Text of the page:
Sunday, July 24, 2011


Ok, so...I lied.
Specifically, the bit where I claimed I was going to eat an Alpaca. Or...part of one.
All I ask is that, before you judge, you take a moment to view the photos at the bottom of this post.

But, before you do that, here's a little update, first:

This morning we had our second rehearsal with the entire group which, I'm sorry to say, didn't go quite as smoothly as yesterday. However, I attribute this to the fact that a 9am rehearsal on a Sunday morning isn't really anyone's idea of a good time. That is not to say the rehearsal was not without merit. We did 3 full run-throughs (ok, yes, there was quite a bit of stop-and-start-ing) but we managed to get through them. Between each run-through we played a number of games and at one point even had the boys break into 3 groups and tie human knots and then rewarded them with some good, old-fashioned, Werther's Originals.

After rehearsal Ryan and I went on a tour of Sillustani ( a pre-Incan burial ground about 40 minutes outside the city of Puno. On the ride over I sat next to a girl from Rio --we both tried to speak to each other in Spanish before we both realized that the other spoke English. We agreed upon the fact that we liked this language a great deal more :) She was swell. We also met a guy from Sweden who could not stop telling us that he "LOOOVED" America. His favorite parts? Wal-Mart, Marshalls, and our hypocrisy. True story.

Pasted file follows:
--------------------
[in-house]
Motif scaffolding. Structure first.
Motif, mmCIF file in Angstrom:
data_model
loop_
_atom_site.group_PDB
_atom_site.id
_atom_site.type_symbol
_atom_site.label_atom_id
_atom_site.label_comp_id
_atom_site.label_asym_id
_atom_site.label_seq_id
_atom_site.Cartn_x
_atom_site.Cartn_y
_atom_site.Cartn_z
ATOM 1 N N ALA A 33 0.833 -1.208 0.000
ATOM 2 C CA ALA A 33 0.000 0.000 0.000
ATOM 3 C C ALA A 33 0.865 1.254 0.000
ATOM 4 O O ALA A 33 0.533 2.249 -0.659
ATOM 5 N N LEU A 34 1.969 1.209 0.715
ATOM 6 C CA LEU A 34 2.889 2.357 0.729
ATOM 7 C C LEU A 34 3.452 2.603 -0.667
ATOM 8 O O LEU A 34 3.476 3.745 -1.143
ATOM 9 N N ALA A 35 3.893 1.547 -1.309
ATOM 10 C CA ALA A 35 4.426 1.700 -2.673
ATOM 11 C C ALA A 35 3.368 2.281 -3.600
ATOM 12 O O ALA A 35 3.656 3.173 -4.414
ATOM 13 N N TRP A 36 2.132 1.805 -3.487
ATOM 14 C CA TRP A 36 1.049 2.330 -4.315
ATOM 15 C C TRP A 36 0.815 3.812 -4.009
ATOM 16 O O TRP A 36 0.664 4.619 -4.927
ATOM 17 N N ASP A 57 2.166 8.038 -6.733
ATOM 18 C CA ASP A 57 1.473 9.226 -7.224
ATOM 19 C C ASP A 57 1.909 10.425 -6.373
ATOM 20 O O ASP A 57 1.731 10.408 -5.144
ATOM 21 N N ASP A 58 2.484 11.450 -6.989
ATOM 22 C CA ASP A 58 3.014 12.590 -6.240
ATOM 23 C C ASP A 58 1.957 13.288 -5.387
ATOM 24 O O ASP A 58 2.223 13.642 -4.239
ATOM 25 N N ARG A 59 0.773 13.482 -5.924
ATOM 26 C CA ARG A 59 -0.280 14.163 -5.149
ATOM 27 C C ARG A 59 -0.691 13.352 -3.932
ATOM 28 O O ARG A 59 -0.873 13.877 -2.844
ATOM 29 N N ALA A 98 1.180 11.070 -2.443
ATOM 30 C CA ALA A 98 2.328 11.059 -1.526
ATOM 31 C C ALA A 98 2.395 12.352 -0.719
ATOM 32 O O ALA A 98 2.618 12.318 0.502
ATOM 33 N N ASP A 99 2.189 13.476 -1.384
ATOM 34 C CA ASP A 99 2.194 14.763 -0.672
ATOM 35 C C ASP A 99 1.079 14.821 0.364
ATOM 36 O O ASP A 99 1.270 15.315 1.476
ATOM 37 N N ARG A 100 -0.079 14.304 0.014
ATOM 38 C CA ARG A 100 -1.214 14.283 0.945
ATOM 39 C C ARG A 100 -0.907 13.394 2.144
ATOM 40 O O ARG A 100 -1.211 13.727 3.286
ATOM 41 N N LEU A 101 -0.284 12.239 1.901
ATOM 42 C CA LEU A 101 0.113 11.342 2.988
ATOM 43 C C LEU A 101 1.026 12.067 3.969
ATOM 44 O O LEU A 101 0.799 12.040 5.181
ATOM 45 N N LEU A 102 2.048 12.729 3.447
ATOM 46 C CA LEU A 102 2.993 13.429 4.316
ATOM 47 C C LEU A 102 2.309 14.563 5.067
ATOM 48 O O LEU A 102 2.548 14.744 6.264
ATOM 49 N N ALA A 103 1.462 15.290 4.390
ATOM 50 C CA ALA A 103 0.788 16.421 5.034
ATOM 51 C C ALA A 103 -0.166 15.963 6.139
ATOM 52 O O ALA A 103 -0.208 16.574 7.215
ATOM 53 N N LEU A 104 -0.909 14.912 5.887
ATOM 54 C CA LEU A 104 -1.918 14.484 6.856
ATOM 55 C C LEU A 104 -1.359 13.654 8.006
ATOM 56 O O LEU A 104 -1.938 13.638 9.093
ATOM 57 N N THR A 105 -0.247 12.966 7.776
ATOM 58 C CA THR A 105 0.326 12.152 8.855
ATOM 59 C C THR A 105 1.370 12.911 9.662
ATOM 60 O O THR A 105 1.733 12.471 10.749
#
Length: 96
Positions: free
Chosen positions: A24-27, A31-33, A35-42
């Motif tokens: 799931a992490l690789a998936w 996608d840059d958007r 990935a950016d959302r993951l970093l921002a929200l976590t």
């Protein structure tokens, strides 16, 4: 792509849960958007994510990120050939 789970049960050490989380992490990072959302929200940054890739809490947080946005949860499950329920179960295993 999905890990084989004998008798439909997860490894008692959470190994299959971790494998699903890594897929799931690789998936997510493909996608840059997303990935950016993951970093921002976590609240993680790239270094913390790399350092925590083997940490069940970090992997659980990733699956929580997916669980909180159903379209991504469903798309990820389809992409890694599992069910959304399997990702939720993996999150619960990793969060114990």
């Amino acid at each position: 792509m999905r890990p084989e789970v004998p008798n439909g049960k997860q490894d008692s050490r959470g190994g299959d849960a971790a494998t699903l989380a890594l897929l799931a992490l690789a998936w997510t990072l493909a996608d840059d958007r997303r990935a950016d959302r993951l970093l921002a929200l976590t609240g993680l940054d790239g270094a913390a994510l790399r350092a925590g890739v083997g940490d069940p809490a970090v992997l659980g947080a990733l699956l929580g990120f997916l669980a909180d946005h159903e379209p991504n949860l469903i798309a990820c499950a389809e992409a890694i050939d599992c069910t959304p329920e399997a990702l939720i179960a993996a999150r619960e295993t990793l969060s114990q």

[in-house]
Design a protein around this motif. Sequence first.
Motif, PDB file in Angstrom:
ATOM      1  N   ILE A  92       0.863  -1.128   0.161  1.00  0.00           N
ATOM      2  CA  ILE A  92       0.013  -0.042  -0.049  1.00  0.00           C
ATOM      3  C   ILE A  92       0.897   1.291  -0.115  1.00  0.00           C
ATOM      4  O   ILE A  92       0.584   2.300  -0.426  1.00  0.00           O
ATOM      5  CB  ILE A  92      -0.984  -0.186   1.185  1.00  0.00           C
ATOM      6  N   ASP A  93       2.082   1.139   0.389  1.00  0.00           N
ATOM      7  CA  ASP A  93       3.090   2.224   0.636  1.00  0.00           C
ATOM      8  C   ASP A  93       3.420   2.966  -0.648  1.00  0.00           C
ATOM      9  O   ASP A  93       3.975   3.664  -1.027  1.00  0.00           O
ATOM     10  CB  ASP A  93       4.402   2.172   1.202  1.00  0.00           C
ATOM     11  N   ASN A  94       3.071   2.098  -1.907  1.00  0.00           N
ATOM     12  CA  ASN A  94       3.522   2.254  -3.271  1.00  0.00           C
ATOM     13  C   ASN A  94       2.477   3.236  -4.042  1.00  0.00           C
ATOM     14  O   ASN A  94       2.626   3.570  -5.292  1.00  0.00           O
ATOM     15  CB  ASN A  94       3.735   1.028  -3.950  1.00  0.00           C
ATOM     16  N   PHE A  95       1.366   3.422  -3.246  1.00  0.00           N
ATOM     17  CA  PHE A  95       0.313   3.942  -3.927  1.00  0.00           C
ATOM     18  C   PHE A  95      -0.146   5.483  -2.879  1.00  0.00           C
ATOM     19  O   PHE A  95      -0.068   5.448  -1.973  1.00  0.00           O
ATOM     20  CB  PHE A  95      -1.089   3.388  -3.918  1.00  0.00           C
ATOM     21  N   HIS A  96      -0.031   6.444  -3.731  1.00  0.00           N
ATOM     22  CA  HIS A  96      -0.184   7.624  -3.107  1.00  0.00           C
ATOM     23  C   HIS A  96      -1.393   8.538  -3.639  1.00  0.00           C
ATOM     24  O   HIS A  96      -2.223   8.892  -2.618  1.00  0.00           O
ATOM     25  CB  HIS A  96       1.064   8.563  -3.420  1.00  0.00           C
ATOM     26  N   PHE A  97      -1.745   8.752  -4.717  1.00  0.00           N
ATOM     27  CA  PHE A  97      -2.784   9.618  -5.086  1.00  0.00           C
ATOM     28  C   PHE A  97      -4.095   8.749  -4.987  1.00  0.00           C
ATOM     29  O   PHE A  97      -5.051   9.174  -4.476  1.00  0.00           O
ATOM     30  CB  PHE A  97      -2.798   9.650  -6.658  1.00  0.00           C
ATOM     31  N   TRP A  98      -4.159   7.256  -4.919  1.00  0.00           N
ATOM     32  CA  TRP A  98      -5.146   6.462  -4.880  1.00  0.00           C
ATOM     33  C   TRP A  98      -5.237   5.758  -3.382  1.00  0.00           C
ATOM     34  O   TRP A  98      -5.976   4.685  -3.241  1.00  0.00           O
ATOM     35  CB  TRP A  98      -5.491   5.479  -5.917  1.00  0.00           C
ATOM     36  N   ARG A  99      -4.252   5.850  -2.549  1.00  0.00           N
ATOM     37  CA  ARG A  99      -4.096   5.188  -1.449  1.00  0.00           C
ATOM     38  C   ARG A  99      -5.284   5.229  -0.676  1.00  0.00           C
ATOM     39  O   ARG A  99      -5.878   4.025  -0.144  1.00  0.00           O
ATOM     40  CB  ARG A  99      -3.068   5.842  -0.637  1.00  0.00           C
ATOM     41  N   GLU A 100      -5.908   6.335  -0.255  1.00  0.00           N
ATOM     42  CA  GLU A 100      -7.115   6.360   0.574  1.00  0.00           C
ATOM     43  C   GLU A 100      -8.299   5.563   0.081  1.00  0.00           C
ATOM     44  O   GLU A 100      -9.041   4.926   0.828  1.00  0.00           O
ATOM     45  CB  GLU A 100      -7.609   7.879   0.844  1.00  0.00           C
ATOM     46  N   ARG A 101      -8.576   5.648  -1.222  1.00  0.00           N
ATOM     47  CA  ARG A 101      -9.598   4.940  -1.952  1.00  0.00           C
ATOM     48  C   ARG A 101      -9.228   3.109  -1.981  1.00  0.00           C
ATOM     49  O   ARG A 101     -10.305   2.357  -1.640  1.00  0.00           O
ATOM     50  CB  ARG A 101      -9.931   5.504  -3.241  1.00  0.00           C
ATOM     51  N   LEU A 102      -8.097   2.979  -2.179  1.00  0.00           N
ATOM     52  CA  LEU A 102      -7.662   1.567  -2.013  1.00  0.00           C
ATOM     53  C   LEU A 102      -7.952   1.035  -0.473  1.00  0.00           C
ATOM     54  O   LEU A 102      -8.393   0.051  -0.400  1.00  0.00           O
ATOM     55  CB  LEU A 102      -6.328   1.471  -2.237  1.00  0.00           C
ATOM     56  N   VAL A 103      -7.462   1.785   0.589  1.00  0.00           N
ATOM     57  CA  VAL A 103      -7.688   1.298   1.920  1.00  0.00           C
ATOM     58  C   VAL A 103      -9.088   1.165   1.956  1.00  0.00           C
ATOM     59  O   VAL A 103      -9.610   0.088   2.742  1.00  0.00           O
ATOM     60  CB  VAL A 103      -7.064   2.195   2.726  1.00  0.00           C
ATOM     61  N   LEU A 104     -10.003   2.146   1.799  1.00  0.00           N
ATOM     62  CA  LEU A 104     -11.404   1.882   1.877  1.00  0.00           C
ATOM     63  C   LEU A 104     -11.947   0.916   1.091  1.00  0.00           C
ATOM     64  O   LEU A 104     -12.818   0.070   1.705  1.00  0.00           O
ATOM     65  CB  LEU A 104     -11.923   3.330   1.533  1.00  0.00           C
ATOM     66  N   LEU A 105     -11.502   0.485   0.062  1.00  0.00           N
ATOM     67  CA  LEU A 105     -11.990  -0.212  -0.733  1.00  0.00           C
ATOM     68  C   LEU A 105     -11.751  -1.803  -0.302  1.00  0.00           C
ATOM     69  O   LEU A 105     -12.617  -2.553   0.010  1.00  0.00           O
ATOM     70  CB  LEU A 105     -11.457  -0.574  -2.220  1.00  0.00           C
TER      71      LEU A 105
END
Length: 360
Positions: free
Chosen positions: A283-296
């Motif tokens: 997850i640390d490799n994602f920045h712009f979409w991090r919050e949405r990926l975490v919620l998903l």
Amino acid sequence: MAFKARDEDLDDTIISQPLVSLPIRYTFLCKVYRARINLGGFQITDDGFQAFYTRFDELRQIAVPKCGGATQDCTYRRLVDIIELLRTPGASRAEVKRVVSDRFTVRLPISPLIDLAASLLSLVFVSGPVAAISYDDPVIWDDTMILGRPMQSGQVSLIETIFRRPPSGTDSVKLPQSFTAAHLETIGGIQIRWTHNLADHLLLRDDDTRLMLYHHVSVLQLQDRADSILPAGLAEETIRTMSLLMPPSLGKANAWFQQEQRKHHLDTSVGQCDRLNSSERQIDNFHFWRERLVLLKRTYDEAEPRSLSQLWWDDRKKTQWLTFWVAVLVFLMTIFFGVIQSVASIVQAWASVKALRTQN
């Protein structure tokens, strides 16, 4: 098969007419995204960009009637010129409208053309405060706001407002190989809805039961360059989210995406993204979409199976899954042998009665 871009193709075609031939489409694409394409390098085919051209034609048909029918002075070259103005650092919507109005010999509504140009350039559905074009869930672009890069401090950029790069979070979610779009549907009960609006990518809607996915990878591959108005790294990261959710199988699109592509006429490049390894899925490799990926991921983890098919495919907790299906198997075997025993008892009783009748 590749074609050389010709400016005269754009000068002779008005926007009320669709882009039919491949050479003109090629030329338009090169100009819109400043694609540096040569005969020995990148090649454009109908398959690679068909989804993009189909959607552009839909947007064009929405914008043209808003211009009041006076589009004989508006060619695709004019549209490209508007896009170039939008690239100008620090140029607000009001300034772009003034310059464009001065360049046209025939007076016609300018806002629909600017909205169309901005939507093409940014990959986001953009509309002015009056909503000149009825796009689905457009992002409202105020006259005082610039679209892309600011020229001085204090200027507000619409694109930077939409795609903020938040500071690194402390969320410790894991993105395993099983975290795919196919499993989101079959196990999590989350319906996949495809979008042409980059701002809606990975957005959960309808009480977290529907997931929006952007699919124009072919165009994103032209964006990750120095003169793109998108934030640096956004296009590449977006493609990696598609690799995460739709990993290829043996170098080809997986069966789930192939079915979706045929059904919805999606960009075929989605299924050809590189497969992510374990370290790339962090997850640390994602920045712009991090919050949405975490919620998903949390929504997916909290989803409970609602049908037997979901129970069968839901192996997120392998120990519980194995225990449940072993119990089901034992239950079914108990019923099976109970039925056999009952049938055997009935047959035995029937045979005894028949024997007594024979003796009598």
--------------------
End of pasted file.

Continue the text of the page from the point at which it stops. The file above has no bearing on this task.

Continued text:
As for Sillustani, itself, twas beautiful. However, for anyone not native to these parts their heart starts racing after just a few minutes because of the altitude. But, it was easily overlooked. I was much too preoccupied by the little village children holding lambs, herds of Alpaca, baby pot-bellied pigs walking in the streets, cattle up to their necks in the lake, as well as ancient tombs and cliffs overlooking Lake Umayo to be concerned with such a minor thing as lack of oxygen.

On our way back to Puno we stopped at a homestead on the side of the road. Alpaca and llamas were grazing in front of the straw-roofed clay hut. The woman (complete in the traditional garb of long braids, colorful skirt, and alpaca fur sweater) graciously invited us into her home where we were able to eat some of her freshly made queso, warm up by her fire, and view her large collection of (soon to be slaughtered) guinea pigs.

Anyway, after some serious bonding with one of the baby Alpacas ("they're so fluffy I'm gonna diiiie!") I have now decided it would be out of the realm of possibility for me to consume one.

Okay, and now, what I'm sure you've all been waiting for:






1 comment:

  1. Glad you had an afternoon off.
    Glad you met some alpaca. (The vegetarian in me is singing for joy.)
    Have a great day tomorrow.